Bernard Charles "Bernie" Ecclestone (born October 28 1930 in Suffolk, England) is the president and CEO of Formula One Management and Formula One Administration, and as such is generally considered the primary authority in Formula One racing. His control of the sport, which resulted from his pioneering the sale of television rights in the late 1970s, is chiefly financial, but under the terms of the Concorde Agreement he and his companies also manage the administration, setup and logistics of each Formula One grand prix.
Ecclestone was born in Ipswich, Suffolk, England, and shortly thereafter moved near London, leaving school at age 16 to work at the local gasworks and pursue his hobby, motorcycles. Immediately after the end of World War II, Ecclestone went in to business trading in spare parts for motorcycles, and formed the Compton & Ecclestone motorcycle dealership with Fred Compton. His first racing experience came with 500cc Formula 3 Series; he drove at a very few events, and gave up in 1951 after an accident at the Brands Hatch circuit when his car landed in the car park on the outside of the track.
After his accident, Ecclestone temporarily left racing to make a number of lucrative investments in real estate and loan financing and to manage the Weekend Car Auctions firm. He returned to racing in 1957 as manager of driver Stuart Lewis-Evans, and purchased the F1 Connaught team, whose drivers included Lewis-Evans, Roy Salvadori, Archie Scott-Brown, and Ivor Bueb. Ecclestone even attempted, unsuccessfully, to qualify a car himself at Monaco in 1958.
He continued to manage Lewis-Evans when he moved to the Vanwall team; Salvadori moved on to manage the Cooper team. Lewis-Evans suffered severe burns when his engine exploded at the Moroccan Grand Prix and succumbed to his injuries six days later; Ecclestone was rather shaken up and once again retired from racing.
Soon enough, however, his friendship with Salvadori led to his becoming manager of driver Jochen Rindt and a partial owner of Rindt's Formula 2 team, Lotus (whose other driver was Graham Hill). Rindt, on his way to the 1970 World Championship, died in a crash at the Monza circuit, though he was awarded the championship posthumously.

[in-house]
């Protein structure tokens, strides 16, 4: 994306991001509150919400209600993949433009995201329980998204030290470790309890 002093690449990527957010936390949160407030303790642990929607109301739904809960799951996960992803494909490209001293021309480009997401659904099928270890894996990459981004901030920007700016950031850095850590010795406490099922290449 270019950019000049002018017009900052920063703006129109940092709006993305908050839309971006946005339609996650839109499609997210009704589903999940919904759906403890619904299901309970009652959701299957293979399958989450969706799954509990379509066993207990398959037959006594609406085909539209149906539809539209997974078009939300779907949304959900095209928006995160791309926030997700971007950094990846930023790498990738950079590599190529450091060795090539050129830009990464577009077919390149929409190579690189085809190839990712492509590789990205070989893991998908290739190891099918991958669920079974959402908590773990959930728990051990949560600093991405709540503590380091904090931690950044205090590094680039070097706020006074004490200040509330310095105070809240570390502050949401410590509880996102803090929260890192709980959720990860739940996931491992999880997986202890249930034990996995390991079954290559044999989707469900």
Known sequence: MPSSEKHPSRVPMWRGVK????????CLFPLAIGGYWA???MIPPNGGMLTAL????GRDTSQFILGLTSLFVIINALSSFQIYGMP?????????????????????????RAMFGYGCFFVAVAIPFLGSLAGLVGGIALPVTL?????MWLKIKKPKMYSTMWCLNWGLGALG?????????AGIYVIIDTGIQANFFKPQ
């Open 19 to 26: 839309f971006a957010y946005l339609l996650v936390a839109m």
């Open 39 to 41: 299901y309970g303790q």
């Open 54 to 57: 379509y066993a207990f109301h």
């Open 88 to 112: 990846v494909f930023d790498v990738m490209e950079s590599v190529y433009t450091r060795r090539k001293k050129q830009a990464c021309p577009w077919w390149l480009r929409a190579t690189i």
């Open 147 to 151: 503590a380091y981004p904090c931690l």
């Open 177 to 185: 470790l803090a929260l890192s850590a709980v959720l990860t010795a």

In early 1972, Ecclestone purchased the Brabham team from Ron Tauranac and began his decades-long advocacy for team control of F1, forming the Formula One Constructors Association with Frank Williams, Colin Chapman, Teddy Mayer, Ken Tyrrell, and Max Mosley. Hereabouts arose the continuing question of television rights.
Ecclestone became chief executive of FOCA in 1978 with Mosley as his legal advisor; together, they negotiated a series of legal issues with the FIA and Jean-Marie Balestre, culminating in Ecclestone's famous coup, his securing the right for FOCA to negotiate television contracts for the Grands Prix. For this purpose Ecclestone established Formula One Promotions and Administrations, giving 47% of television revenues to teams, 30% to the FIA, and 23% to FOPA (i.e. Ecclestone himself); in return, FOPA put up the prize money - grand prix is French for "big prize".
Television rights shuffled between Ecclestone's companies, teams, and the FIA in the late 1990s, but Ecclestone emerged on top again in 1997 when he negotiated the present Concorde Agreement: in exchange for annual payments, he maintains the TV rights. The contract with the various teams is to expire on the last day of 2007, and that with the FIA on the last day of 2012.
Despite heart surgery and triple coronary bypass in 1999, Ecclestone has remained as energetic as always in promoting his own business interests. In the late 1990s he reduced his share in SLEC Holdings (owner of the various F1 managing firms) to 25%, though despite his minority share he retained complete control of the companies.
Also in 1999, Terry Lovell published a biography of Ecclestone, Bernie's Game: Inside the Formula One World of Bernie Ecclestone (ISBN 1843580861).
Ecclestone came under fire in October 2004 when he and British Racing Drivers' Club president Jackie Stewart were unable to come to terms regarding the future British Grand Prix, causing the race to be dropped from the 2005 provisional season calendar. However, when the heads of the ten teams met and agreed on a series of cost-cuts later in the month, the race was again added to the calendar, and a contract on December 9 guaranteed its continuation for five years.